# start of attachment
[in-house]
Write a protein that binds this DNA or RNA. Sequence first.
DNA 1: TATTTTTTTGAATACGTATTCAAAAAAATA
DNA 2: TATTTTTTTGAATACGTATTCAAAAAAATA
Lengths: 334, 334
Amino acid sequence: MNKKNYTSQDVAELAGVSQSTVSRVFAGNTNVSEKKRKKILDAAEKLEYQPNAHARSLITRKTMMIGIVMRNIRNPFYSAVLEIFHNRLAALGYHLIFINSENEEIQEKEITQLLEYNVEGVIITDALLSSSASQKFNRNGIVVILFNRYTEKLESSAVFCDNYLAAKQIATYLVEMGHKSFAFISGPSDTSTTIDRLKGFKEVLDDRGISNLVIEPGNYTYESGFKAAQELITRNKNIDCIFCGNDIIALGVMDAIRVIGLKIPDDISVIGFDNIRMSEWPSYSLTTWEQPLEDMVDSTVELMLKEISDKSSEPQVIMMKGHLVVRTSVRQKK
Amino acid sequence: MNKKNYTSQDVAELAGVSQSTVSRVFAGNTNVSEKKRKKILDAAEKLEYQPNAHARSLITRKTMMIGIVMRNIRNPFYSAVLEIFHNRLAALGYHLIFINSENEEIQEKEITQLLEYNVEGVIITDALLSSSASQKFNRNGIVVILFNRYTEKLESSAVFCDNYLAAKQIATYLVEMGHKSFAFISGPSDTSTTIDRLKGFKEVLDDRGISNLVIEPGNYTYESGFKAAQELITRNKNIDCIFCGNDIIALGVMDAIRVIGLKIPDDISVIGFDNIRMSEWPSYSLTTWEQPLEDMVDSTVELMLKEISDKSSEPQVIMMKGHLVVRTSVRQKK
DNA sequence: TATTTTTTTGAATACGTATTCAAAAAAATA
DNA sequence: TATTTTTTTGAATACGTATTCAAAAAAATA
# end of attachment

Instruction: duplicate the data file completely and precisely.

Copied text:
[in-house]
Write a protein that binds this DNA or RNA. Sequence first.
DNA 1: TATTTTTTTGAATACGTATTCAAAAAAATA
DNA 2: TATTTTTTTGAATACGTATTCAAAAAAATA
Lengths: 334, 334
Amino acid sequence: MNKKNYTSQDVAELAGVSQSTVSRVFAGNTNVSEKKRKKILDAAEKLEYQPNAHARSLITRKTMMIGIVMRNIRNPFYSAVLEIFHNRLAALGYHLIFINSENEEIQEKEITQLLEYNVEGVIITDALLSSSASQKFNRNGIVVILFNRYTEKLESSAVFCDNYLAAKQIATYLVEMGHKSFAFISGPSDTSTTIDRLKGFKEVLDDRGISNLVIEPGNYTYESGFKAAQELITRNKNIDCIFCGNDIIALGVMDAIRVIGLKIPDDISVIGFDNIRMSEWPSYSLTTWEQPLEDMVDSTVELMLKEISDKSSEPQVIMMKGHLVVRTSVRQKK
Amino acid sequence: MNKKNYTSQDVAELAGVSQSTVSRVFAGNTNVSEKKRKKILDAAEKLEYQPNAHARSLITRKTMMIGIVMRNIRNPFYSAVLEIFHNRLAALGYHLIFINSENEEIQEKEITQLLEYNVEGVIITDALLSSSASQKFNRNGIVVILFNRYTEKLESSAVFCDNYLAAKQIATYLVEMGHKSFAFISGPSDTSTTIDRLKGFKEVLDDRGISNLVIEPGNYTYESGFKAAQELITRNKNIDCIFCGNDIIALGVMDAIRVIGLKIPDDISVIGFDNIRMSEWPSYSLTTWEQPLEDMVDSTVELMLKEISDKSSEPQVIMMKGHLVVRTSVRQKK
DNA sequence: TATTTTTTTGAATACGTATTCAAAAAAATA
DNA sequence: TATTTTTTTGAATACGTATTCAAAAAAATA